the pulpit, chiropractic and massage therapy are available.

     One is struck by the sense of steady efficiency that marks the 
atmosphere. The work here has been organized and regularized. The 
round-the-clock ministry is carried out by two teams of 12 volunteers, 
each working 12-hour shifts. Three hot meals are served at regular 
hours from a table at the back of the church (the weather forced the 
end of outdoor meal service on the porch.) Hot soup is provided at 
3:00 a.m. for the nighttime visitors and the number of people 
seeking refuge during the night is about equal to those who come 
in the daytime.

     "We're even providing wake-up calls," one person told me. "The 
workers just leave the time they need to be awakened along with the 
number of the bed or pew where they are sleeping and someone will tap 
gently on their shoulders at the appointed hour."

Volunteers from everywhere

     The volunteers continue to come from far and near, mostly from 
Episcopal churches but also from other denominations and secular 
groups. The volunteers on Tuesday were from Octagon, a sports 
marketing company in Connecticut that has sent several teams. 
Each group is asked to bring a clergyperson with them, both to 
provide a spiritual presence at St. Paul's and to help process 
the experience back home.

     The Rev. Pam Strobel from Christ Church in Greenwich, 
Connecticut, was with the Octagon team that day. I spoke to 
her outside the church on Broadway where some volunteers are 
stationed with magic markers to hand to anyone who would like 
to add a note to the displayed posters. 

     "We do a lot of impromptu counseling with passers-by out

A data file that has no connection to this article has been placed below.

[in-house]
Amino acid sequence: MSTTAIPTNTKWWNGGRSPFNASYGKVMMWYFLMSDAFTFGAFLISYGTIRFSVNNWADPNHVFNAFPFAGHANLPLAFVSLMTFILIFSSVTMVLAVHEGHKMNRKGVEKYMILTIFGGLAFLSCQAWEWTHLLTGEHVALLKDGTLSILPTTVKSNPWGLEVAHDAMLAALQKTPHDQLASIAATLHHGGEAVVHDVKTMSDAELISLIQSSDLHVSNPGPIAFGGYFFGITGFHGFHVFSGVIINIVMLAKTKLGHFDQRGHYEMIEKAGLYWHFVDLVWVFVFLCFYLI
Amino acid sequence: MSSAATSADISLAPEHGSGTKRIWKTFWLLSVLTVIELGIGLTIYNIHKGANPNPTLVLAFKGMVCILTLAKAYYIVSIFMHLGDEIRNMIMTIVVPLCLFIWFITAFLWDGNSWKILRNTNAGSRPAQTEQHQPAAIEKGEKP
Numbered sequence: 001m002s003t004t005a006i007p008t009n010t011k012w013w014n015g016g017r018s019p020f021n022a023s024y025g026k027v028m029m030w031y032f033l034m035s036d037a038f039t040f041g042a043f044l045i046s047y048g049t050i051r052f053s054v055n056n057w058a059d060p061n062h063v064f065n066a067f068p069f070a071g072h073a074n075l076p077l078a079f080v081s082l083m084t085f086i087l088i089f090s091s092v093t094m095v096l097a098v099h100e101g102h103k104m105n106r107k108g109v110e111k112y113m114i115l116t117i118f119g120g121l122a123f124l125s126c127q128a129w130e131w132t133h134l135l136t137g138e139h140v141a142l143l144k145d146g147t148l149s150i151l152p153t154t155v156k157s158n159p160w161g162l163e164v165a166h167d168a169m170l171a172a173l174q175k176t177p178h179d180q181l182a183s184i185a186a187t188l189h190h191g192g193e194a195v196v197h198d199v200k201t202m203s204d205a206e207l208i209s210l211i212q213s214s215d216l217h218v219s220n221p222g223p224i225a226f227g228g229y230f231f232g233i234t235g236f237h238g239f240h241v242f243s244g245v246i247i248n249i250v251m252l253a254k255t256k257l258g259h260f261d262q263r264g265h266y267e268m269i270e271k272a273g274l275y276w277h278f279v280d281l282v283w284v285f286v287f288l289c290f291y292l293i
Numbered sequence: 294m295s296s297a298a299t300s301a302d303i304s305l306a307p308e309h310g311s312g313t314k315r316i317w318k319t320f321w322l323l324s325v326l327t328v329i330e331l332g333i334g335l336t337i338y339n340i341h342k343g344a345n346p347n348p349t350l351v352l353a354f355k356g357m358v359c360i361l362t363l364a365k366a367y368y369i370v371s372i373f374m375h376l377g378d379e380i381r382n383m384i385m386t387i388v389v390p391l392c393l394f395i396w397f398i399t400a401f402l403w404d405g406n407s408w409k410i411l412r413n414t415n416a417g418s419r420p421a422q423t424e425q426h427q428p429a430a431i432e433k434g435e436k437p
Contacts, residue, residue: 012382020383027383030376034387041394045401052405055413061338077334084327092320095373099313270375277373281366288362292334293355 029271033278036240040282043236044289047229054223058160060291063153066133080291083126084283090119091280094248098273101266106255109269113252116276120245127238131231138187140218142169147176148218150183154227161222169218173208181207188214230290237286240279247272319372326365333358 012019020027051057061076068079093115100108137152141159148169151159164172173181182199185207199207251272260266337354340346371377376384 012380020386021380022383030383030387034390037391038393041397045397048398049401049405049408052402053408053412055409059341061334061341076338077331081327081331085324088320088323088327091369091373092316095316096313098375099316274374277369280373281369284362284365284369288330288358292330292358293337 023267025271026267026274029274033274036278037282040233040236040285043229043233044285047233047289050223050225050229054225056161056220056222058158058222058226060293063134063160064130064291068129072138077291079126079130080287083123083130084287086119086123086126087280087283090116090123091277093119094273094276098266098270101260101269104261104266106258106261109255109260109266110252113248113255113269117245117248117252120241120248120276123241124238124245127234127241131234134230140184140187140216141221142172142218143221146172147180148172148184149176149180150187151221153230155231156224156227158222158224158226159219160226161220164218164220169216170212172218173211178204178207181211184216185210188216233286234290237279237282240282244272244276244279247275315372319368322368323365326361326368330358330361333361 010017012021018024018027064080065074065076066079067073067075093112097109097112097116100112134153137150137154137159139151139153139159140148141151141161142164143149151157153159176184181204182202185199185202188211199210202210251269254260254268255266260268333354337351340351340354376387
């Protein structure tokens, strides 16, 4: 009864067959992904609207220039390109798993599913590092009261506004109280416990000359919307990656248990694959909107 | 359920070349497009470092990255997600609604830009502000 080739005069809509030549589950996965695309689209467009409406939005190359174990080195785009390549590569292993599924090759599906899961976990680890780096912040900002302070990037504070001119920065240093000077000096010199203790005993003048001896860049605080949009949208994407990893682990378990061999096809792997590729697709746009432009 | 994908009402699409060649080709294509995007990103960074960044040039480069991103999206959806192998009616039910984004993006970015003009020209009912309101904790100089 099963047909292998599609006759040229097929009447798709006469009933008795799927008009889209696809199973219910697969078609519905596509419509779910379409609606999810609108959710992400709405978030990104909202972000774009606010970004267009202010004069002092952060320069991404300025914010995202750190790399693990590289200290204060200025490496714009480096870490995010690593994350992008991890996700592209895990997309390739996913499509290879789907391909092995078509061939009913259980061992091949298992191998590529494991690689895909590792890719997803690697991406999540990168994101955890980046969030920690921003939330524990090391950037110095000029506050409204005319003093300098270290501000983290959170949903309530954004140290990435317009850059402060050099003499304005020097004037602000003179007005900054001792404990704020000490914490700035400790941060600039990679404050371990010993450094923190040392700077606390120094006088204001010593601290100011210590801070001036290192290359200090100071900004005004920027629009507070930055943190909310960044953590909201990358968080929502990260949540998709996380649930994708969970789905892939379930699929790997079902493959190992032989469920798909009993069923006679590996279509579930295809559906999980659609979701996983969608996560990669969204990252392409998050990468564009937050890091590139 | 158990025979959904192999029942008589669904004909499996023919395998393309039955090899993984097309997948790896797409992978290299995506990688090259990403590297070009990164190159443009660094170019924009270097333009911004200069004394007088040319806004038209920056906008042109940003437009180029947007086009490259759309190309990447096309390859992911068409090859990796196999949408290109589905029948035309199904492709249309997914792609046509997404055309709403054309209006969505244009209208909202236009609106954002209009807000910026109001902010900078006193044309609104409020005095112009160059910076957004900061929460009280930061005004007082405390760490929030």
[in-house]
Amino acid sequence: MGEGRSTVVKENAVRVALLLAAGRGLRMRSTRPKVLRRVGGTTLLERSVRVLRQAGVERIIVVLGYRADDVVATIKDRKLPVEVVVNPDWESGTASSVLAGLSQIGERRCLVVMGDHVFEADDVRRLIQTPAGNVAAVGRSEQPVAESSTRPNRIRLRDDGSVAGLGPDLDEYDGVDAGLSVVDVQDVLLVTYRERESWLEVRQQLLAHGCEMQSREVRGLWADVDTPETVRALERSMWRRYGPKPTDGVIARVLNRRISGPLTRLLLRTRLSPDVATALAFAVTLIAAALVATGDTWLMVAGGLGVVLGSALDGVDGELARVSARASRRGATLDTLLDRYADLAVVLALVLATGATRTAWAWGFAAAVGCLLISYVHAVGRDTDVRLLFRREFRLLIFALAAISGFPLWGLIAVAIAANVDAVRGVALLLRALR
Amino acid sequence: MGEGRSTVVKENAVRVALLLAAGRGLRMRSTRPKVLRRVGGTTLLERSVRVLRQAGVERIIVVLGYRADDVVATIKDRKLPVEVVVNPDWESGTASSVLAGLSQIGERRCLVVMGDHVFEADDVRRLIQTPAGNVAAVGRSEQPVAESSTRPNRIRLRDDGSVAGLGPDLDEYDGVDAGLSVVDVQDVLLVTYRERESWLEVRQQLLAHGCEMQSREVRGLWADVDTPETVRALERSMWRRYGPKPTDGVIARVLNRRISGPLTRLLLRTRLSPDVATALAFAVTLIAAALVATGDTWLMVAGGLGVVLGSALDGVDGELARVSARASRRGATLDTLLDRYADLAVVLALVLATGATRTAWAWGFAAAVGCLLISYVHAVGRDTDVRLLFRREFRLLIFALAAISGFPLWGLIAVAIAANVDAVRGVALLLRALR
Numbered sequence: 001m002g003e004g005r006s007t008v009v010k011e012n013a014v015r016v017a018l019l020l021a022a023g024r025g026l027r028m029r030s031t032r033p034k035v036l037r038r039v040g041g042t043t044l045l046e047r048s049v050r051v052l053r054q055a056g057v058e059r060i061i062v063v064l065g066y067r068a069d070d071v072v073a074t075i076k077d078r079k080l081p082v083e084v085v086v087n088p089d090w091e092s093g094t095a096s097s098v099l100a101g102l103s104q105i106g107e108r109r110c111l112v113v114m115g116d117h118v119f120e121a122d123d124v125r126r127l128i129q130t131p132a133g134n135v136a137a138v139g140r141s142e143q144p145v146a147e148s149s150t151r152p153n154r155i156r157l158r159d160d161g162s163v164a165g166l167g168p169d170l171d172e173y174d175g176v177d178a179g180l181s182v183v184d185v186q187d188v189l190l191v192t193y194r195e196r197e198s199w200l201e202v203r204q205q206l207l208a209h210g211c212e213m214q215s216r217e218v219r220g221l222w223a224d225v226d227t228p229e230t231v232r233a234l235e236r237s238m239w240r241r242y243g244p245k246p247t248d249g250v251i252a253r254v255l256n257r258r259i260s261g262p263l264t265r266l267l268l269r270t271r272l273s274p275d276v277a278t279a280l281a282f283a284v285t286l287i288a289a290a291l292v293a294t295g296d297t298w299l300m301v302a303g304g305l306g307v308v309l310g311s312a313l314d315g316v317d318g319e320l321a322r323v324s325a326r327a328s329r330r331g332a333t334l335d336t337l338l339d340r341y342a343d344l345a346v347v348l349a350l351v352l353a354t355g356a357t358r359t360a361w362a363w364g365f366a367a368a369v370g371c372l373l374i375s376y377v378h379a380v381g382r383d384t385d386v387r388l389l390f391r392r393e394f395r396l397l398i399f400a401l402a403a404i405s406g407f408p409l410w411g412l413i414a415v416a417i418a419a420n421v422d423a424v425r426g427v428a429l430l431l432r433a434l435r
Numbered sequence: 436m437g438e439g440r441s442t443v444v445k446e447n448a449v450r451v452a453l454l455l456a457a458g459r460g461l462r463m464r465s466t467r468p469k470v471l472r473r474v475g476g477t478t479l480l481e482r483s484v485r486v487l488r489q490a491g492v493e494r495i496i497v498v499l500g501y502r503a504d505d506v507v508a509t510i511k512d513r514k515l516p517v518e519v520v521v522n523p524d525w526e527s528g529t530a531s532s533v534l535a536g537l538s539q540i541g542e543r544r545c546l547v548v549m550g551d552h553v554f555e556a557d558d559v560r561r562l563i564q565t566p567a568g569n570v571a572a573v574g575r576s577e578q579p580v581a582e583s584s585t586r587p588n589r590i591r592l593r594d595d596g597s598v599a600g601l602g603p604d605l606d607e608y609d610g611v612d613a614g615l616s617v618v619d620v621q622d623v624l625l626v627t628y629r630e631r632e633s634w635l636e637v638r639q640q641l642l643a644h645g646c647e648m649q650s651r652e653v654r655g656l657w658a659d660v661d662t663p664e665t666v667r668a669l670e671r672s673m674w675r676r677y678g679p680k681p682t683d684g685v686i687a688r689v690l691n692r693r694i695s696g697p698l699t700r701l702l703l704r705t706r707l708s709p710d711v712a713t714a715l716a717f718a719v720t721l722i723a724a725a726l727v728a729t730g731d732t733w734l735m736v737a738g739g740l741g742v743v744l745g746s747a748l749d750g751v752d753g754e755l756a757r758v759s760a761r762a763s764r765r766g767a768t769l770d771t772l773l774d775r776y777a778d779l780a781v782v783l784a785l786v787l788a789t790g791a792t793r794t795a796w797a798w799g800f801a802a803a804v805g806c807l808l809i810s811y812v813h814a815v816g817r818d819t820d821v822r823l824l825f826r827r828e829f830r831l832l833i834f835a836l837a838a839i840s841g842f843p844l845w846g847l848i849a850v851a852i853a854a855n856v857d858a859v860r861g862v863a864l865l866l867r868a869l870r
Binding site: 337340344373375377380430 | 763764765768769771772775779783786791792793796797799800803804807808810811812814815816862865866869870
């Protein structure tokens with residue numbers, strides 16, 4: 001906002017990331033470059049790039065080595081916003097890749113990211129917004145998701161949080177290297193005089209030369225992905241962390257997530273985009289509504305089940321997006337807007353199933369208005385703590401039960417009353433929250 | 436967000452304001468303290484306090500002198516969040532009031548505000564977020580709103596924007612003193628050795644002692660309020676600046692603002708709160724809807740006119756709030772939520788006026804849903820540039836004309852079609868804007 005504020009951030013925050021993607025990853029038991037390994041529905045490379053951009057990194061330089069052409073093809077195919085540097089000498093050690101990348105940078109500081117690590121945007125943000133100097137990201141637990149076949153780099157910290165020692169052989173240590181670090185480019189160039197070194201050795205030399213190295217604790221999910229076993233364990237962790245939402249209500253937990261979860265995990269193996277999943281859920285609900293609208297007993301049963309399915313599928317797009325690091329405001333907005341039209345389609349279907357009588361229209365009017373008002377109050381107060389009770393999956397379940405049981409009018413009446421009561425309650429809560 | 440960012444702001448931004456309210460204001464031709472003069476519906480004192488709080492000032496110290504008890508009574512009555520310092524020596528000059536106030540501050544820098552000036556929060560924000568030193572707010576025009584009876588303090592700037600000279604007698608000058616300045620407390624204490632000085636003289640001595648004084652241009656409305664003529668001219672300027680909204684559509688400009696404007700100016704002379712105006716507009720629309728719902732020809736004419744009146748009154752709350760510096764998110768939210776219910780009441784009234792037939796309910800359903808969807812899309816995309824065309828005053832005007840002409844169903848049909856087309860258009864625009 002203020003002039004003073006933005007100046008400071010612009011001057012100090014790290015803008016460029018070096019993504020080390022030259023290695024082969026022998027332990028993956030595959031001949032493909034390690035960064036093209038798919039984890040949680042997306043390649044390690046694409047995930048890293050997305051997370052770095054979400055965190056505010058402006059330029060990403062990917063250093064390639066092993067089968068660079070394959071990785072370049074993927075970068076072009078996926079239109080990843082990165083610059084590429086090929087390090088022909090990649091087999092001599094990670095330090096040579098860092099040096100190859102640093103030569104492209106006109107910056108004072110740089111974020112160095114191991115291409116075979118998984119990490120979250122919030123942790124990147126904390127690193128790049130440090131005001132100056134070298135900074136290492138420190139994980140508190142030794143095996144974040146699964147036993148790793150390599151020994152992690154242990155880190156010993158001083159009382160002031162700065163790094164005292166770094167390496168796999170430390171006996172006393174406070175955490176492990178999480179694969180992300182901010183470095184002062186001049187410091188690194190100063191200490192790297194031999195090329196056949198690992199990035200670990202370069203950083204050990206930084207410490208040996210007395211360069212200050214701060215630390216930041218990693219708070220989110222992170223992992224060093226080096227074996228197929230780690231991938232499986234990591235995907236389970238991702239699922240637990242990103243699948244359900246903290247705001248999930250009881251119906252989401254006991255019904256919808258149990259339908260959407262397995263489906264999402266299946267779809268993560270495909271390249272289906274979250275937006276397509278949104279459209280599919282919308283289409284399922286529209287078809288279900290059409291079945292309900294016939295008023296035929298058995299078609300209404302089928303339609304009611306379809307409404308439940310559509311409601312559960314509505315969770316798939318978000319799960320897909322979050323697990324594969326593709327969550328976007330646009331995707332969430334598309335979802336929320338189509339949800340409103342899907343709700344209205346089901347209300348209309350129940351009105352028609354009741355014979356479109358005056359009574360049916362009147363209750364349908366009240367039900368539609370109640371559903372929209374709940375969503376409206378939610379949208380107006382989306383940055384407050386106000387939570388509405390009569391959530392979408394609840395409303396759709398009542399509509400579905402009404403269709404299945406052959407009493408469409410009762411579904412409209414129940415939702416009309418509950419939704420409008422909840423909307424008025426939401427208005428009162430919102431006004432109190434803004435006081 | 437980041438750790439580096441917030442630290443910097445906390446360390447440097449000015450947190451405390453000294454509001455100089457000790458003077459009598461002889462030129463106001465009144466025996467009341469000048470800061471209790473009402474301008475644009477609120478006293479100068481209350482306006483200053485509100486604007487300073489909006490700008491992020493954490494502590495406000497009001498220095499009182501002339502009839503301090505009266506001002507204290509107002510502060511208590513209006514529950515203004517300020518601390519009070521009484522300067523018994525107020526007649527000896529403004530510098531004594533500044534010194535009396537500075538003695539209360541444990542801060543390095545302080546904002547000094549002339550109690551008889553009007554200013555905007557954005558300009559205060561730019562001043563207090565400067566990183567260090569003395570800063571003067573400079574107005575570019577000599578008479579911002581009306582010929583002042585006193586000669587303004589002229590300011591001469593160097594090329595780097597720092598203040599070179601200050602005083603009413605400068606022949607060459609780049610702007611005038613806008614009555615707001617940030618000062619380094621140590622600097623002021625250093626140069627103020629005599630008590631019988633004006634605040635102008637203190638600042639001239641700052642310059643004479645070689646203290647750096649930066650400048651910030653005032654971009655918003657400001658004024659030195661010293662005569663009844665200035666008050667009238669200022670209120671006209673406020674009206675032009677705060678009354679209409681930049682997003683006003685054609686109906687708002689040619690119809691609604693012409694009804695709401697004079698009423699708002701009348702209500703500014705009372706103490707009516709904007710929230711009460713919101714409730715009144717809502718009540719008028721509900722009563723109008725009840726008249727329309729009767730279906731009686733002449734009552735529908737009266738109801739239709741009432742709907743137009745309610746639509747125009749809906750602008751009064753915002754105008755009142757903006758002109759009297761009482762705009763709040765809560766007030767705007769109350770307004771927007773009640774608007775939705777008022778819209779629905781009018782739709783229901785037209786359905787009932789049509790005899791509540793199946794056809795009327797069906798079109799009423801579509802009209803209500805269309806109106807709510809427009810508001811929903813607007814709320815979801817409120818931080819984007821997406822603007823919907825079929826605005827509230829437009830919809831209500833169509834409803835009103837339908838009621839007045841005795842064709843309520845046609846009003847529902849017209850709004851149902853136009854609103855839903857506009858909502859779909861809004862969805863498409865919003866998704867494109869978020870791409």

here," Pam said, "and get lots of encouragement. I spoke with 
a rabbi today from London who assured me that his congregation 
back home was offering prayers for the people of New York." 

     Inside, Miriam Schroeder, a young graphics design artist 
with Octagon, told me why she was here. 

     "Everyone sends money," she said, "but I really wanted to 
be here. I like being able to put my smile out there as the 
workers come though so hopefully they can walk away with a smile, 

Pilgrimage place

     Early on, Katherine Avery came to St. Paul's with a team 
from Church of the Advent in Spartanburg, in the Diocese of 
Upper South Carolina. She had just graduated from the University 
of the South at Sewanee and hadn't yet found a job. She has one 
now. As coordinator of volunteers and of supplies, she sits at 
the entrance desk with her cell phone in one hand and the daily 
schedule in the other answering questions from several directions 
at once.

     "I will work here until they kick me out the door," she said. 
"This is so cool! It is so rare that people flock to a church just 
to give something. St. Paul's has become a pilgrimage place. It is 
awesome." She now has volunteers scheduled through December.

     Alternating with Katherine as volunteer coordinator is Diane 
Reiners, an actress who has managed to keep up her daily (or nightly) 
shift and also attend auditions and even work on a performance. 
"We are a site friendly to the construction workers and sanitation